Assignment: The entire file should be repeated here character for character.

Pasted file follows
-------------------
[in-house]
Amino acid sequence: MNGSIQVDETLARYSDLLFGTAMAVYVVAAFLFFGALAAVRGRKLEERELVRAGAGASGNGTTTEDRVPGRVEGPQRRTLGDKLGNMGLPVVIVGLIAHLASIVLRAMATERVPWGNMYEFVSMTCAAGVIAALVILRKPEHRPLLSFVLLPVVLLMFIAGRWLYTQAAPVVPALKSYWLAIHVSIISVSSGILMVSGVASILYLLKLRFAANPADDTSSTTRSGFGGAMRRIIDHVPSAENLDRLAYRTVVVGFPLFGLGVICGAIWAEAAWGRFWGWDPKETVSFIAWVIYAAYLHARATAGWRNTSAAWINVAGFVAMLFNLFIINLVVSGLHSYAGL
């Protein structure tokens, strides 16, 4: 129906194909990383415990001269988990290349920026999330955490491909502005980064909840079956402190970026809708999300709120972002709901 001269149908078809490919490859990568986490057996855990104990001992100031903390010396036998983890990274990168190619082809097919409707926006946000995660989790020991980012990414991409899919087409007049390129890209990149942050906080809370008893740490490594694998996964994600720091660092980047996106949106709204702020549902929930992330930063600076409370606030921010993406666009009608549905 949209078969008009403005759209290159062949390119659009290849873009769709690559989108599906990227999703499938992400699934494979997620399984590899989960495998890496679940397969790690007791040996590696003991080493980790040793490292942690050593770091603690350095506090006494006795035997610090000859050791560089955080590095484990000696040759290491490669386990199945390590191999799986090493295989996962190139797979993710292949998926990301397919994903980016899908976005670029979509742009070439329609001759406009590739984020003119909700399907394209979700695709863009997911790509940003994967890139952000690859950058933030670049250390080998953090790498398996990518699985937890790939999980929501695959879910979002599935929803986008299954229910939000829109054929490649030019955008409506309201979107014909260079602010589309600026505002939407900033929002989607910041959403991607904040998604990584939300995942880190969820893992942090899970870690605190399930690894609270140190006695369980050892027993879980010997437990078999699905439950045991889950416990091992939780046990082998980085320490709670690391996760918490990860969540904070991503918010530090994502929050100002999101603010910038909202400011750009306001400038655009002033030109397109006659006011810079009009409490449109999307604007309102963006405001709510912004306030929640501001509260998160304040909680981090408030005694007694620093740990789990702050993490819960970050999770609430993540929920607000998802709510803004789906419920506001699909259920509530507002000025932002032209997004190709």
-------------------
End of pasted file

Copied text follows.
[in-house]
Amino acid sequence: MNGSIQVDETLARYSDLLFGTAMAVYVVAAFLFFGALAAVRGRKLEERELVRAGAGASGNGTTTEDRVPGRVEGPQRRTLGDKLGNMGLPVVIVGLIAHLASIVLRAMATERVPWGNMYEFVSMTCAAGVIAALVILRKPEHRPLLSFVLLPVVLLMFIAGRWLYTQAAPVVPALKSYWLAIHVSIISVSSGILMVSGVASILYLLKLRFAANPADDTSSTTRSGFGGAMRRIIDHVPSAENLDRLAYRTVVVGFPLFGLGVICGAIWAEAAWGRFWGWDPKETVSFIAWVIYAAYLHARATAGWRNTSAAWINVAGFVAMLFNLFIINLVVSGLHSYAGL
């Protein structure tokens, strides 16, 4: 129906194909990383415990001269988990290349920026999330955490491909502005980064909840079956402190970026809708999300709120972002709901 001269149908078809490919490859990568986490057996855990104990001992100031903390010396036998983890990274990168190619082809097919409707926006946000995660989790020991980012990414991409899919087409007049390129890209990149942050906080809370008893740490490594694998996964994600720091660092980047996106949106709204702020549902929930992330930063600076409370606030921010993406666009009608549905 949209078969008009403005759209290159062949390119659009290849873009769709690559989108599906990227999703499938992400699934494979997620399984590899989960495998890496679940397969790690007791040996590696003991080493980790040793490292942690050593770091603690350095506090006494006795035997610090000859050791560089955080590095484990000696040759290491490669386990199945390590191999799986090493295989996962190139797979993710292949998926990301397919994903980016899908976005670029979509742009070439329609001759406009590739984020003119909700399907394209979700695709863009997911790509940003994967890139952000690859950058933030670049250390080998953090790498398996990518699985937890790939999980929501695959879910979002599935929803986008299954229910939000829109054929490649030019955008409506309201979107014909260079602010589309600026505002939407900033929002989607910041959403991607904040998604990584939300995942880190969820893992942090899970870690605190399930690894609270140190006695369980050892027993879980010997437990078999699905439950045991889950416990091992939780046990082998980085320490709670690391996760918490990860969540904070991503918010530090994502929050100002999101603010910038909202400011750009306001400038655009002033030109397109006659006011810079009009409490449109999307604007309102963006405001709510912004306030929640501001509260998160304040909680981090408030005694007694620093740990789990702050993490819960970050999770609430993540929920607000998802709510803004789906419920506001699909259920509530507002000025932002032209997004190709």